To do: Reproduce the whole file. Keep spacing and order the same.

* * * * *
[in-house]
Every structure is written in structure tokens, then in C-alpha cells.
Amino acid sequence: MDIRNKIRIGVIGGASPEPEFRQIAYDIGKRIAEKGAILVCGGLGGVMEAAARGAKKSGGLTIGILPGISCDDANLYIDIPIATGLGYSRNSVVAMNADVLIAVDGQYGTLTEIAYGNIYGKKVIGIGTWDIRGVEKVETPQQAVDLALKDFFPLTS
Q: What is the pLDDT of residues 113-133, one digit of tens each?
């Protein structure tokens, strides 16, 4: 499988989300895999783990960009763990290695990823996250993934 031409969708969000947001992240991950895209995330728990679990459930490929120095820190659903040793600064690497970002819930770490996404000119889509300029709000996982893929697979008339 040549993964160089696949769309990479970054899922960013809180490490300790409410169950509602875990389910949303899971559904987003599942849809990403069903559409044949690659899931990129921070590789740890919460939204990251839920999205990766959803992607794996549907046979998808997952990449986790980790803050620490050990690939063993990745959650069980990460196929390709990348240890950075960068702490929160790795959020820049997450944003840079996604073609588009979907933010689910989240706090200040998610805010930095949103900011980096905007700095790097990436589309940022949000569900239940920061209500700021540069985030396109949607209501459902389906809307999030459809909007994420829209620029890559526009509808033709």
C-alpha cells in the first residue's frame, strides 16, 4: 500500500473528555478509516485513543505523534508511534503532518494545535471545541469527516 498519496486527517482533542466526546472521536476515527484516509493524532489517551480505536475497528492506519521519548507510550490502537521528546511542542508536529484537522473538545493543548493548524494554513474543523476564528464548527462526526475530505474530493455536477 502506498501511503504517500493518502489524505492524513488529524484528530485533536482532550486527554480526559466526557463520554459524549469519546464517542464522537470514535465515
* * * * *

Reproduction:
[in-house]
Every structure is written in structure tokens, then in C-alpha cells.
Amino acid sequence: MDIRNKIRIGVIGGASPEPEFRQIAYDIGKRIAEKGAILVCGGLGGVMEAAARGAKKSGGLTIGILPGISCDDANLYIDIPIATGLGYSRNSVVAMNADVLIAVDGQYGTLTEIAYGNIYGKKVIGIGTWDIRGVEKVETPQQAVDLALKDFFPLTS
Q: What is the pLDDT of residues 113-133, one digit of tens each?
């Protein structure tokens, strides 16, 4: 499988989300895999783990960009763990290695990823996250993934 031409969708969000947001992240991950895209995330728990679990459930490929120095820190659903040793600064690497970002819930770490996404000119889509300029709000996982893929697979008339 040549993964160089696949769309990479970054899922960013809180490490300790409410169950509602875990389910949303899971559904987003599942849809990403069903559409044949690659899931990129921070590789740890919460939204990251839920999205990766959803992607794996549907046979998808997952990449986790980790803050620490050990690939063993990745959650069980990460196929390709990348240890950075960068702490929160790795959020820049997450944003840079996604073609588009979907933010689910989240706090200040998610805010930095949103900011980096905007700095790097990436589309940022949000569900239940920061209500700021540069985030396109949607209501459902389906809307999030459809909007994420829209620029890559526009509808033709």
C-alpha cells in the first residue's frame, strides 16, 4: 500500500473528555478509516485513543505523534508511534503532518494545535471545541469527516 498519496486527517482533542466526546472521536476515527484516509493524532489517551480505536475497528492506519521519548507510550490502537521528546511542542508536529484537522473538545493543548493548524494554513474543523476564528464548527462526526475530505474530493455536477 502506498501511503504517500493518502489524505492524513488529524484528530485533536482532550486527554480526559466526557463520554459524549469519546464517542464522537470514535465515